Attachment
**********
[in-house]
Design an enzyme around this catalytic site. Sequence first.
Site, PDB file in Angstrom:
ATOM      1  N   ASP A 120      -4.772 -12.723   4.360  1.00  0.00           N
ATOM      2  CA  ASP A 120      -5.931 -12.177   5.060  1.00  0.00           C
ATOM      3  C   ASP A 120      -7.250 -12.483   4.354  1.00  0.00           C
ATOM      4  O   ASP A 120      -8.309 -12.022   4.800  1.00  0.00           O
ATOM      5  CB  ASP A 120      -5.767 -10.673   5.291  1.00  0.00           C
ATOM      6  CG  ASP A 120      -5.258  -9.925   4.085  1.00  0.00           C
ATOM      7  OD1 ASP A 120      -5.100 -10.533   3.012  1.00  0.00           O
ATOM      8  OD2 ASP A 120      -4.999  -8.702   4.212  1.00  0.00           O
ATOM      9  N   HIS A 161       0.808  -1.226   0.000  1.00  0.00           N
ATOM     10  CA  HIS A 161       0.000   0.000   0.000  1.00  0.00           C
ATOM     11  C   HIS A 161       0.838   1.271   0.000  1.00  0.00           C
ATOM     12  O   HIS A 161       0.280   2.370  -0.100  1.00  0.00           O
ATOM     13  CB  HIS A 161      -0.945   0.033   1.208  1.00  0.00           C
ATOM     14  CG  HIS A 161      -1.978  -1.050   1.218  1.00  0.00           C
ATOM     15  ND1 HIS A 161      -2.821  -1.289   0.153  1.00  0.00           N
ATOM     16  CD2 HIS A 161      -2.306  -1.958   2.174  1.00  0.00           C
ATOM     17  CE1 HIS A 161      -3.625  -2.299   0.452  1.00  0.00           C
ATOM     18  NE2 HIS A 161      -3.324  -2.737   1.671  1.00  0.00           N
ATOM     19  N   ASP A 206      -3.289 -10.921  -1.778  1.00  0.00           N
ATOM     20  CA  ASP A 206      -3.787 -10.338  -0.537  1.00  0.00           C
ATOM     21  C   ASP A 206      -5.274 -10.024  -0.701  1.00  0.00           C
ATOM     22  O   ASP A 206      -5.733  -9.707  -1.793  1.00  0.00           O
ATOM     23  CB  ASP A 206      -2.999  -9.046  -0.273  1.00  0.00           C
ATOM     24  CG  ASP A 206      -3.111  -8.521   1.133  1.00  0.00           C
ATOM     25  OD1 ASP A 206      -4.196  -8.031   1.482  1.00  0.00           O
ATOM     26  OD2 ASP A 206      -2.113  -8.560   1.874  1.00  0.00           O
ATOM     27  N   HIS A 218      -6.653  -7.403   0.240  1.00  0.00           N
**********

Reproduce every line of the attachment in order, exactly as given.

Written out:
[in-house]
Design an enzyme around this catalytic site. Sequence first.
Site, PDB file in Angstrom:
ATOM      1  N   ASP A 120      -4.772 -12.723   4.360  1.00  0.00           N
ATOM      2  CA  ASP A 120      -5.931 -12.177   5.060  1.00  0.00           C
ATOM      3  C   ASP A 120      -7.250 -12.483   4.354  1.00  0.00           C
ATOM      4  O   ASP A 120      -8.309 -12.022   4.800  1.00  0.00           O
ATOM      5  CB  ASP A 120      -5.767 -10.673   5.291  1.00  0.00           C
ATOM      6  CG  ASP A 120      -5.258  -9.925   4.085  1.00  0.00           C
ATOM      7  OD1 ASP A 120      -5.100 -10.533   3.012  1.00  0.00           O
ATOM      8  OD2 ASP A 120      -4.999  -8.702   4.212  1.00  0.00           O
ATOM      9  N   HIS A 161       0.808  -1.226   0.000  1.00  0.00           N
ATOM     10  CA  HIS A 161       0.000   0.000   0.000  1.00  0.00           C
ATOM     11  C   HIS A 161       0.838   1.271   0.000  1.00  0.00           C
ATOM     12  O   HIS A 161       0.280   2.370  -0.100  1.00  0.00           O
ATOM     13  CB  HIS A 161      -0.945   0.033   1.208  1.00  0.00           C
ATOM     14  CG  HIS A 161      -1.978  -1.050   1.218  1.00  0.00           C
ATOM     15  ND1 HIS A 161      -2.821  -1.289   0.153  1.00  0.00           N
ATOM     16  CD2 HIS A 161      -2.306  -1.958   2.174  1.00  0.00           C
ATOM     17  CE1 HIS A 161      -3.625  -2.299   0.452  1.00  0.00           C
ATOM     18  NE2 HIS A 161      -3.324  -2.737   1.671  1.00  0.00           N
ATOM     19  N   ASP A 206      -3.289 -10.921  -1.778  1.00  0.00           N
ATOM     20  CA  ASP A 206      -3.787 -10.338  -0.537  1.00  0.00           C
ATOM     21  C   ASP A 206      -5.274 -10.024  -0.701  1.00  0.00           C
ATOM     22  O   ASP A 206      -5.733  -9.707  -1.793  1.00  0.00           O
ATOM     23  CB  ASP A 206      -2.999  -9.046  -0.273  1.00  0.00           C
ATOM     24  CG  ASP A 206      -3.111  -8.521   1.133  1.00  0.00           C
ATOM     25  OD1 ASP A 206      -4.196  -8.031   1.482  1.00  0.00           O
ATOM     26  OD2 ASP A 206      -2.113  -8.560   1.874  1.00  0.00           O
ATOM     27  N   HIS A 218      -6.653  -7.403   0.240  1.00  0.00           N